What’s in a name?

HAVE you ever driven into a new town, or down a previously unchartered street, to find the place in question has a baffling, interesting or downright hilarious name?

If the answer is no, then it’s time to look around, because on our journeys throughout the county, staff at the Derbyshire Times have eyed some pretty unusual appellations.

In Chesterfield town centre you can find a host of place names deriving from historial events, and even from the people who once inhabited them.

For example, Glumangate, Knifesmithgate and Saltergate refer to the tradesmen who once lived there. Gate is from the old Danish word ‘gata’ meaning street, and in the middle ages, minstrels or ‘Glumans’, knifesmiths and salt miners would live in these designated areas.

Then of course there is Stephenson Place, named after the inventor George Stephenson and Queen’s Park, in honour of Queen Victoria’s diamond jubiliee in 1897.

And although it is safe to assume William Shakespeare never set up home in these parts, a street in Grassmoor is labelled with his moniker.

But it isn’t just Shakespeare Street that pays homage to our country’s greatest writers. In Grassmoor, several streets are named after key literary figures, including one of our most popular poets, Alfred Lord Tennyson.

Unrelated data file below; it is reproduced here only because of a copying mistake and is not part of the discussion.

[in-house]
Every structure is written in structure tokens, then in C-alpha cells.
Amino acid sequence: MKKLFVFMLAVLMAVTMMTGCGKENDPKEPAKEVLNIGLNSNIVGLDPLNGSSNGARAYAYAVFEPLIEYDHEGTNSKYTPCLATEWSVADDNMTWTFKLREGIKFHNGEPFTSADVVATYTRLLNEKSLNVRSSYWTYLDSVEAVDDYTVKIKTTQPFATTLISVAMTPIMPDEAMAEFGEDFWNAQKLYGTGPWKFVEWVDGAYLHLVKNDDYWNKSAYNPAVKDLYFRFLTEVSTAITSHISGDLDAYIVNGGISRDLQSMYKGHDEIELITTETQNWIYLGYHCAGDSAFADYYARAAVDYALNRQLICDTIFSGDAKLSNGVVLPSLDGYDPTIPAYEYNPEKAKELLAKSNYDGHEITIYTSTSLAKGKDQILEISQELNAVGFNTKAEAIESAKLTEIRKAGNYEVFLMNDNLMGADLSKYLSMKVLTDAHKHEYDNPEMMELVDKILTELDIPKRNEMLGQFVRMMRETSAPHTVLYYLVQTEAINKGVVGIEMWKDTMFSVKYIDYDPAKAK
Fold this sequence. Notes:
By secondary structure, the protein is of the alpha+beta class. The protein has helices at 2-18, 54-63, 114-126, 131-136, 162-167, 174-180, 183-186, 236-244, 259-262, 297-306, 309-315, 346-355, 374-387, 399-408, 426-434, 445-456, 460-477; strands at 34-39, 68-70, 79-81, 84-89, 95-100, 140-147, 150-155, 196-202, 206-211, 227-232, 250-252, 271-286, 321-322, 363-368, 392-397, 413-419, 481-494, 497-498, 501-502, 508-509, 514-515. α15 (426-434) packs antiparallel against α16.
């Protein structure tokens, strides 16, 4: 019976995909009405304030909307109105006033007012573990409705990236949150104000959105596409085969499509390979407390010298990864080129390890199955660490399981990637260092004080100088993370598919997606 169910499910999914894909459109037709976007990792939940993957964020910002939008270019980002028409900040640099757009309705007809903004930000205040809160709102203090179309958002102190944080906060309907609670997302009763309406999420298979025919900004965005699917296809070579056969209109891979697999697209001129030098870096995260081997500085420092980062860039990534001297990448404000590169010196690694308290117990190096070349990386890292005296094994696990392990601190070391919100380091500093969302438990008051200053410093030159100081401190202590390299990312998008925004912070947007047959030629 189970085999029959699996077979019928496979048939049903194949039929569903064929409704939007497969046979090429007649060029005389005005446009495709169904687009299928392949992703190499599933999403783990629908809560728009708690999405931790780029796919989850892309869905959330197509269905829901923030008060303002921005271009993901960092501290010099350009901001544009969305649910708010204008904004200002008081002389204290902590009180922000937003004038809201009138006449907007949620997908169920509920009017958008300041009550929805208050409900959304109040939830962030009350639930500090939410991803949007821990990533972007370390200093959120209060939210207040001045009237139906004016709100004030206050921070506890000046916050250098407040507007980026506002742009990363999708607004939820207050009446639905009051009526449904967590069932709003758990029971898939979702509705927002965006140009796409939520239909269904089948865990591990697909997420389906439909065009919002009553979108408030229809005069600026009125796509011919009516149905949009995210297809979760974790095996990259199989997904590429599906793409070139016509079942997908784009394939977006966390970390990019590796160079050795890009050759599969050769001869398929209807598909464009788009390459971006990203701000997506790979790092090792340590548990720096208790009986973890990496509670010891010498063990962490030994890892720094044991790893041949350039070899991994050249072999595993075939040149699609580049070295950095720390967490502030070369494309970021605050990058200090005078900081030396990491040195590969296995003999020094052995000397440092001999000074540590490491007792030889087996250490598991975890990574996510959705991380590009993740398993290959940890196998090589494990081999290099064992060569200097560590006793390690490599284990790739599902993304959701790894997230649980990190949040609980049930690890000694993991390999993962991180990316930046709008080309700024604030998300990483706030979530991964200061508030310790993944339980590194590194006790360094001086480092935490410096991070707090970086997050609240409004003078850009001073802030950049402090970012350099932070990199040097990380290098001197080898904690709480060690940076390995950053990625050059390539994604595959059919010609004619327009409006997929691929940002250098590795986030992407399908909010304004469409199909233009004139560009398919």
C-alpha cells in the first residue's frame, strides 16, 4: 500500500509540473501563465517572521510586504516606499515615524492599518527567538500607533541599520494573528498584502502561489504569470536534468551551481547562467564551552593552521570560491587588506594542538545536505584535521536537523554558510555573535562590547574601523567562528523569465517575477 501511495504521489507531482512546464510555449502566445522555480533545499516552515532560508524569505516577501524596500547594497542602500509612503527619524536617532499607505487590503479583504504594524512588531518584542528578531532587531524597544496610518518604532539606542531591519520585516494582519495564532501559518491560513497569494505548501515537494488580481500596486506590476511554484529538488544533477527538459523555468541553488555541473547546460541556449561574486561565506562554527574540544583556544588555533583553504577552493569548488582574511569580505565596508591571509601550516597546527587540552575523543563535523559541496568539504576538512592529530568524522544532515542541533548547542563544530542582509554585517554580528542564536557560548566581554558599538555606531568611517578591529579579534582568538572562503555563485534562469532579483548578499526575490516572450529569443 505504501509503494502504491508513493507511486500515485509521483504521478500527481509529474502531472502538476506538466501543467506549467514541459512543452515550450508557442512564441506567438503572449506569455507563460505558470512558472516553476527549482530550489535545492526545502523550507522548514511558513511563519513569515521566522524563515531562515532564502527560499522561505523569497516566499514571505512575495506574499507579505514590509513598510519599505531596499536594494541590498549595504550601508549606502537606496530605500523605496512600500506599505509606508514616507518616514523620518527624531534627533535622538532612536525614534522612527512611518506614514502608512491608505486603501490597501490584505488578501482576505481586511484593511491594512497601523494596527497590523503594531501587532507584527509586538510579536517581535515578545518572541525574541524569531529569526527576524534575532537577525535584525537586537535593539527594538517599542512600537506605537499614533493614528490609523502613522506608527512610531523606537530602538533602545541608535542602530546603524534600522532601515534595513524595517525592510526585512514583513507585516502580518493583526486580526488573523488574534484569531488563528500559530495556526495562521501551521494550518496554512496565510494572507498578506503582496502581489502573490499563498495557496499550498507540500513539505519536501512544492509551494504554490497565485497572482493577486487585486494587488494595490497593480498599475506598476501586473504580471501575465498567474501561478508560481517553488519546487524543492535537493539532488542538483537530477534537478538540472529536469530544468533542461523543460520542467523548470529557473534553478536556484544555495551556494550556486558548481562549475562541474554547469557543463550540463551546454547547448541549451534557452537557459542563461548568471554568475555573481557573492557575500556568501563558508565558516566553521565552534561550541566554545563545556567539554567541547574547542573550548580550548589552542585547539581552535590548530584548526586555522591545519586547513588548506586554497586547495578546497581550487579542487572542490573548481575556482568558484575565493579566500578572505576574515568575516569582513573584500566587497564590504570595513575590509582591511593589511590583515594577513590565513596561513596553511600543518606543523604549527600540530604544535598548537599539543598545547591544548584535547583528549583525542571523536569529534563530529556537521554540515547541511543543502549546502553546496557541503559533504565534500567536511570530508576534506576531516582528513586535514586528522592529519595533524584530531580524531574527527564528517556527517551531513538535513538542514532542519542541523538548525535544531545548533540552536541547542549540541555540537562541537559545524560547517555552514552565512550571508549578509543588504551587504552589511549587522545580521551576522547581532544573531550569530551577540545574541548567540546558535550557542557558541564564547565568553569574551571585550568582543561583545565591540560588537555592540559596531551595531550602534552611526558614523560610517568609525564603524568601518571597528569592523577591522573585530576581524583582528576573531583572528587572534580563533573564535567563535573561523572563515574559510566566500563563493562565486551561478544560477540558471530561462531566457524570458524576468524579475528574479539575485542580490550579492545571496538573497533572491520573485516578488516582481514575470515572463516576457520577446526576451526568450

Just round the corner are two streets named after the leading wordsmiths of the Romantic period, Lord Byron and John Keats.

That’s not forgetting the array of food-related place names including Bacons Lane in Chesterfield, Watercress Lane in Danesmoor, Almond Close in Calow, and Hunger Hill in Ashover.

It isn’t just street names that have caught our attention - although Shunters Drift in Barlborough is a DT favourite. Derbyshire is also home to strange towns, buildings and villages.

There were once the villages of ‘A’ Winning at Blackwell and ‘B’ Winning at Hilcote which were mining areas pitted against each other to source the most coal.

And Salem is a word associated with witches, vampires and the ghoulish underworld. Strange then, that there is a Methodist chapel with the same name in Wingerworth.

Have you spotted any strange place names on the patch? Email comment@derbyshiretimes.co.uk

Our Facebook fans had plenty to share when it came to the place names they had spotted out and about.

Will Jackson, said: “Pump Close in Starkholmes.”

Chris Needham, said: “Hope in the Hope Valley.”

Rosemary Eddas, said: “Deepsick Lane, near Arkwright, Fabric View at Holmewood and Turnditch, near Belper”

Jonathan Woodhead, said: “Pudding Bag Lane, Ashover.”

Wendy Joel, said: “I always like the irony of the sign for Broad Pavement over a strip of pavement 6 inches wide.”

Steven Cope, said: “Hey I went up the Devil’s Arse in Castleton last year, is the the kind of thing you mean?”

Nigel Bradbury, said: “Pillough? Near Stanton?”